Opinion

Sudanese Oil: How a Curse may Become a Blessing

By: Brendan Connell

Last week, South Sudan reported reaching its highest oil output since the 2012 shutdown of oil production that devastated the economy of both itself and its northern counterpart. Its news like this that makes the political scientist cringe with thoughts of how seemingly every oil-abundant country has been ‘cursed’ with poverty and despotism. But while this is the point where most would bash South Sudan’s resurrected oil industry, I’m less inclined to say that downgrading the oil sector is the best strategy here. In fact, with some tweaks, there’s really no reason that what people refer to as the dreaded ‘oil curse’ cannot become an oil blessing.

This is because oil abundance does not mean oil dependence. After all, the U.S. is projected to be the leading oil producer in the near future and isn’t plagued with ‘curse-like’ conflict. Oil dependence is where the real devil lies. Oil-dependent governments prop themselves up with oil profits rather than public legitimacy. They also have no other reliable options for income, meaning that oil isn’t just part of the economy, it is the economy. Those fortunate to get their hands on oil profits fight to the death to keep their position, while the ‘have-nots’ have nothing to lose in fighting for a piece of the pie. It’s not hard then to see how this creates a situation ripe for conflict. Even the wealthy oil-looters in government are at risk with all their eggs in one basket, so to speak. The military likes getting paid, so when oil prices drop or oil stops flowing, you better believe s#!t will hit the fan.

Take South Sudan, for instance. Besides its stunted development, oil-related profits prior to the 2011 shutdown comprised 98% of South Sudan’s fiscal revenue. It’s a trembling thought to think about what would happen if 98% of South Sudan’s money vanished overnight. It’s even more disconcerting to know that all it takes to cut off South Sudan’s oil exports is the flip of a switch by a cranky Omar al-Bashir [President of Sudan], who controls the Greater Nile Pipeline. What both Sudanese states really need is to pivot their attention to their other economic sectors, particularly in agriculture where Sudanese people benefit from vast amounts of land and idle labor. The creation of a new income base can lower the stakes of controlling oil wells and make life without oil a lot more bearable.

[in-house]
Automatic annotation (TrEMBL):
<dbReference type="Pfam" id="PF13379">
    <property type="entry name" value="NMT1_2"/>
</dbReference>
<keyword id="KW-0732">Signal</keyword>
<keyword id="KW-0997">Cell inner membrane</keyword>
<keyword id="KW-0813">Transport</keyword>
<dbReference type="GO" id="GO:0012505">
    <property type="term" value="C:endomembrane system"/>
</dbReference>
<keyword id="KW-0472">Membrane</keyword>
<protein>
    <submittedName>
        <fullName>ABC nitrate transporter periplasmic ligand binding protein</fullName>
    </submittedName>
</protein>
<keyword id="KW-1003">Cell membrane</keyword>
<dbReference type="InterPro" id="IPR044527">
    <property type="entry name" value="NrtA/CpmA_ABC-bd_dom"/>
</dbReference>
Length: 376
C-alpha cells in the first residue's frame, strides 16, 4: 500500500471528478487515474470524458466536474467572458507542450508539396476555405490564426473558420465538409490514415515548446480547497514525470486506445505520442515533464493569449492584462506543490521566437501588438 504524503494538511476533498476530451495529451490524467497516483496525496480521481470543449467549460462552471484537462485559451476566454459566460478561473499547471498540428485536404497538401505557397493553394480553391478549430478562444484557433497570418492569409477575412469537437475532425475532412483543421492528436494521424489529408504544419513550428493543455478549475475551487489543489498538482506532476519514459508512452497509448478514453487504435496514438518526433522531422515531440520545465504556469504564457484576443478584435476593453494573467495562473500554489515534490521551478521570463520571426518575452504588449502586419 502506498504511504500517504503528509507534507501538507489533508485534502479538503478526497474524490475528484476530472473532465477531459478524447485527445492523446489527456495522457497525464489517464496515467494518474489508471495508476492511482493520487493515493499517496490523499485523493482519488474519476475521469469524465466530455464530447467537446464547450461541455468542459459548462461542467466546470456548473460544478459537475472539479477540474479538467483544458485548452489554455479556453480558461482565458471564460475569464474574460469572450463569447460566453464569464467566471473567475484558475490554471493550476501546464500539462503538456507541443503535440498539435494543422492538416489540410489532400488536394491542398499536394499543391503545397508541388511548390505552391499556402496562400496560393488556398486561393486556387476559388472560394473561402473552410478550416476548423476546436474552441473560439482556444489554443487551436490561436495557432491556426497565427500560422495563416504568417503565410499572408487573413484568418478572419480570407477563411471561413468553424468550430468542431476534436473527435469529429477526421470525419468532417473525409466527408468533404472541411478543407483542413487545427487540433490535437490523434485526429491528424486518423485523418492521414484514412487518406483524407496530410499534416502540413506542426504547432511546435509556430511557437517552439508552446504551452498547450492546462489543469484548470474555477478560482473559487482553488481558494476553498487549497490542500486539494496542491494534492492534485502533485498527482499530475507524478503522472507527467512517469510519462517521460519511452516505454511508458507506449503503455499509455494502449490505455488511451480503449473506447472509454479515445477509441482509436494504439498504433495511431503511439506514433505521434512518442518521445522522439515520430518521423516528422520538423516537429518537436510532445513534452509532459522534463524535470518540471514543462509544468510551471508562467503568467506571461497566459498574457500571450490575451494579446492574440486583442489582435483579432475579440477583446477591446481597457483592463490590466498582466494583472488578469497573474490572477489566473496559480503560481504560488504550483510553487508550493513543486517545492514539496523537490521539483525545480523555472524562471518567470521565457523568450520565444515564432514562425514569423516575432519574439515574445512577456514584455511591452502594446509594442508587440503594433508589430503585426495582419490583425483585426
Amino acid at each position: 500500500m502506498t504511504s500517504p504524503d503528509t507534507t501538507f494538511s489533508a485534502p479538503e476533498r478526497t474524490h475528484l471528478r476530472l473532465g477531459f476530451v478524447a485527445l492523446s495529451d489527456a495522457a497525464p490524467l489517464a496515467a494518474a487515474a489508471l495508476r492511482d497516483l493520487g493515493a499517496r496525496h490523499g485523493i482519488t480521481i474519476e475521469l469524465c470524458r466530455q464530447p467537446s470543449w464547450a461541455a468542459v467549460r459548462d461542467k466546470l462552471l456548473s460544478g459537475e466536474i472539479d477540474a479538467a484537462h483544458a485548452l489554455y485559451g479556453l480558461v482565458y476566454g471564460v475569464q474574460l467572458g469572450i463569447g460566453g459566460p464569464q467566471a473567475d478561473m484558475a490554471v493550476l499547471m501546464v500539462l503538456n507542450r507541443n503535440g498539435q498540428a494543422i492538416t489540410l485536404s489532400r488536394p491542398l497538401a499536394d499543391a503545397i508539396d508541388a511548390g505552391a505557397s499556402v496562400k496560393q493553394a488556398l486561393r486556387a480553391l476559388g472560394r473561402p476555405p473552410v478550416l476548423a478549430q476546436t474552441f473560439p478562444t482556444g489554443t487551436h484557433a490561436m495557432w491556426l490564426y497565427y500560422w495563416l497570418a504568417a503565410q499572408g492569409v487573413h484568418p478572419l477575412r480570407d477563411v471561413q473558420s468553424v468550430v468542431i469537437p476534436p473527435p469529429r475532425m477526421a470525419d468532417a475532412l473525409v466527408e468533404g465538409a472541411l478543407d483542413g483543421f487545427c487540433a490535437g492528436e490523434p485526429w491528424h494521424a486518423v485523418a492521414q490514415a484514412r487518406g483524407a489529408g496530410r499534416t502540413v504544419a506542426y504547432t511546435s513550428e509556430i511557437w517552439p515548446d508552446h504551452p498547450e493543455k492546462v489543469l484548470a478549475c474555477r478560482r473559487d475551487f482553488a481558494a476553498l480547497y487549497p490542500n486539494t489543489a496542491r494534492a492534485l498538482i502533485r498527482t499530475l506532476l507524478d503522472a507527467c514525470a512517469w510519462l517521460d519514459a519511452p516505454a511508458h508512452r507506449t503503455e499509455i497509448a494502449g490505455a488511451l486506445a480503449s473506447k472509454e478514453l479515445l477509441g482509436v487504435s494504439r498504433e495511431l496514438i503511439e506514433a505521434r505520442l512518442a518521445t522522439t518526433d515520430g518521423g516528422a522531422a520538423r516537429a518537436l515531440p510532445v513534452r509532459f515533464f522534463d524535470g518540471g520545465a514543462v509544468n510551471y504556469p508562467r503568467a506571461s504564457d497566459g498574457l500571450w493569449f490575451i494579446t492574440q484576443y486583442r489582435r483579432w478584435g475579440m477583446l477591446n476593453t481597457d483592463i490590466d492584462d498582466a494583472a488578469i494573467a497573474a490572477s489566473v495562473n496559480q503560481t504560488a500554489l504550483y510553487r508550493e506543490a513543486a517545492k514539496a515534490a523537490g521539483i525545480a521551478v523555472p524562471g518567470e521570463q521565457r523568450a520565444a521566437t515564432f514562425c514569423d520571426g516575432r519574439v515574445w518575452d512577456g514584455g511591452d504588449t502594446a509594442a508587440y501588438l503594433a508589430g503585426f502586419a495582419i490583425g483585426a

But this doesn’t mean oil production has be stopped or lessened. Actually, it means the opposite—oil flow should surge in order to tap into new profits that governments can redistribute to other sectors of the economy.  It might be a tough pill for the libertarians to swallow, but Sudanese agriculture will need government subsidies and safety nets to get off the ground. Exports as lucrative as oil can play a big role in funding such projects. Oil can even be used as bargaining leverage for better trade deals with countries that have a large stake in Sudanese oil, such as oil-hungry China. Sudanese governments could offer reduced tax rates to foreign oil companies in exchange for lower tariffs on Sudanese agricultural goods entering the oil company’s home market.

It’s thinking outside the box like this that will help translate oil wealth into a more widespread phenomenon that all Sudanese can benefit from. Of course, many will ask why leaders would ever risk empowering a population that could threaten the regime’s hold on power. I will be the first to say that spreading around oil wealth is a good way for some authoritarian rulers to commit political suicide (or actual suicide, for that matter). But leaders content with their monopolized oil wealth aren’t exactly safe either. As said before, if the oil ever stops flowing, rulers may find themselves surrounded by the gun barrels of their own disgruntled military. So creating new income bases isn’t as contradicting to a leader’s well-being as most think.

It for these reasons above that I’ve never really liked the term oil curse to begin with. ‘Curse’ seems to give oil the tone of producing some mythical inevitability of conflict—that no matter what a state does, it’s doomed to poverty, authoritarianism and whatever other unfortunate fates that scholars can ponder up. But in reality, oil is what states make of it. The oil woes of both Sudanese countries will be solved not by cutting off pipelines, but by craftily moving oil revenues into other sectors of the economy. And so, dare I say it—drill, baby, drill!

The views expressed in this article are the author’s own and do not necessarily reflect the views of the Global Politics Student Association.

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